'Of course, my most recent trip was much faster, but Lufthansa should be praised for those early flights'
Invited aboard Lufthansa's first flight from Hong Kong, former journalist Kaiser Sung tells Kate Whitehead he was truly pampered on a ground-breaking journey that took two days
When Kayser Sung landed at Frankfurt Airport in January 1961, he marvelled at the landscape. Everything was white, dusted with a thick layer of snow.
It had been many years since he last saw snow in his native Nanjing, and coming from Hong Kong it was indeed a treat. But snow was just one of the many pleasant surprises in store for the respected journalist.
As deputy editor of the Far Eastern Economic Review, he had been invited on Lufthansa's inaugural flight from Hong Kong to Germany.
World War II had brought an end to German civil aviation between East Asia and Germany and those wishing to travel to Germany from Hong Kong had to make lengthy journeys via Rome or Paris. But Lufthansa changed all that in 1961.
The journey was long by today's standards. Mr Sung said it took two days, and Boeing 720B stopped to refuel in at least three places, including Calcutta and Karachi. But he said the service was excellent.
'The cabin crew seemed to really care and offered a personal touch. They were all German and very hospitable,' he said. He remembers the frankfurter and German wine. The service on board was consistently good all the way to Frankfurt, he remembers.
'It was a very memorable flight, not least of all because of the royal reception we got when we arrived.' Mr Sung travelled first class with prominent businessmen.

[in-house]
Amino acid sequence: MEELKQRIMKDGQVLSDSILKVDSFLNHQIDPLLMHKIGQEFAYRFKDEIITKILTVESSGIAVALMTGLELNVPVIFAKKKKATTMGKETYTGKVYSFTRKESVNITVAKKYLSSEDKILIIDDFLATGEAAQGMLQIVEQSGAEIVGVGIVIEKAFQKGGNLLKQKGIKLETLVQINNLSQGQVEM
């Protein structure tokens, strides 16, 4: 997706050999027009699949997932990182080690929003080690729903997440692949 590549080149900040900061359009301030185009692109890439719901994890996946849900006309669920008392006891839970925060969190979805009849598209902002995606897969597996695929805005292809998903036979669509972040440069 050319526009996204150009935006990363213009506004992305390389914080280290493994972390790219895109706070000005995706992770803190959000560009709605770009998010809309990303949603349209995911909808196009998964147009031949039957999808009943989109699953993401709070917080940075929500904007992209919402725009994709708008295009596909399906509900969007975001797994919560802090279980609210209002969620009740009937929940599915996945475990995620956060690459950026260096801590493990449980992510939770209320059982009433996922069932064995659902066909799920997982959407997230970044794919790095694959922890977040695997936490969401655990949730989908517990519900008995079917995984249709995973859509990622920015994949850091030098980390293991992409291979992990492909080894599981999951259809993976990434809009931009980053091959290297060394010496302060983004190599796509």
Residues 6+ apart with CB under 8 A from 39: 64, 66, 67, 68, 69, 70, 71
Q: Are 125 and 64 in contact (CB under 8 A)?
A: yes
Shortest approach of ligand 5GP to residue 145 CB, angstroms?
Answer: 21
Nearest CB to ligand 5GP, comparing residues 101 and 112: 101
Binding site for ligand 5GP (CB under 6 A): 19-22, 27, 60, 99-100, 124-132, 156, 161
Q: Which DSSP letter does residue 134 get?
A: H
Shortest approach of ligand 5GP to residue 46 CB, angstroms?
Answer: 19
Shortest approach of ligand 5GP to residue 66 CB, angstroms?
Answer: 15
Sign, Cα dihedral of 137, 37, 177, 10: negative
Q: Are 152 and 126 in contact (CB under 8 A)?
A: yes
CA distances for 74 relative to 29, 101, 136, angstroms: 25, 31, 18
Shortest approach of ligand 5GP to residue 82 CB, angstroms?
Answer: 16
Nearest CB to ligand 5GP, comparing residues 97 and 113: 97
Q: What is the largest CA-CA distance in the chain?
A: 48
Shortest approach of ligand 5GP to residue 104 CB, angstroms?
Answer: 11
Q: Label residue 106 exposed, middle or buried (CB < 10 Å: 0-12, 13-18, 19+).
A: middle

Improved air travel to the Far East was deemed essential if German-Asian bilateral trade was to flourish and there was already much talk of tapping the potential of the Hong Kong market.
Germany had textile machinery and photographic equipment to offer, among other things, which Hong Kong was eager to import. And Germany provided a ready market for Hong Kong textiles. It was a good match and the Lufthansa flight was the icing on the cake.
'That first flight had a great impact on the subsequent promotion of trade and transport facilities,' said Mr Sung. It was the first of a handful of trips that he would make to Germany to compile a 100-page report for the magazine on trade relations between Hong Kong and Germany. He interviewed senior government officials, including the vice- chancellor.
'In those days they were saying to developing countries that the formation of a common market would not make Europe more protectionist,' said Mr Sung.
Ten years ago, Lufthansa invited Mr Sung to the 30th anniversary of that first flight. Only a handful of people from the inaugural flight were still alive and 10 years down the road there are even fewer. But Mr Sung looks certain to celebrate the 50th anniversary. At 81, he still goes to his Lan Kwai Fong office everyday and has a sharp memory.
He has flown between Hong Kong and Germany countless times. His last trip was in 1999, on Lufthansa. So how does Mr Sung rate today's Lufthansa with that first flight?
'Of course, my most recent trip was much faster and more efficient than the first one. But Lufthansa should be praised for those early flights - they were far ahead of the game then. Today there is much competition between airlines, but in those days Lufthansa was by far the most efficient.'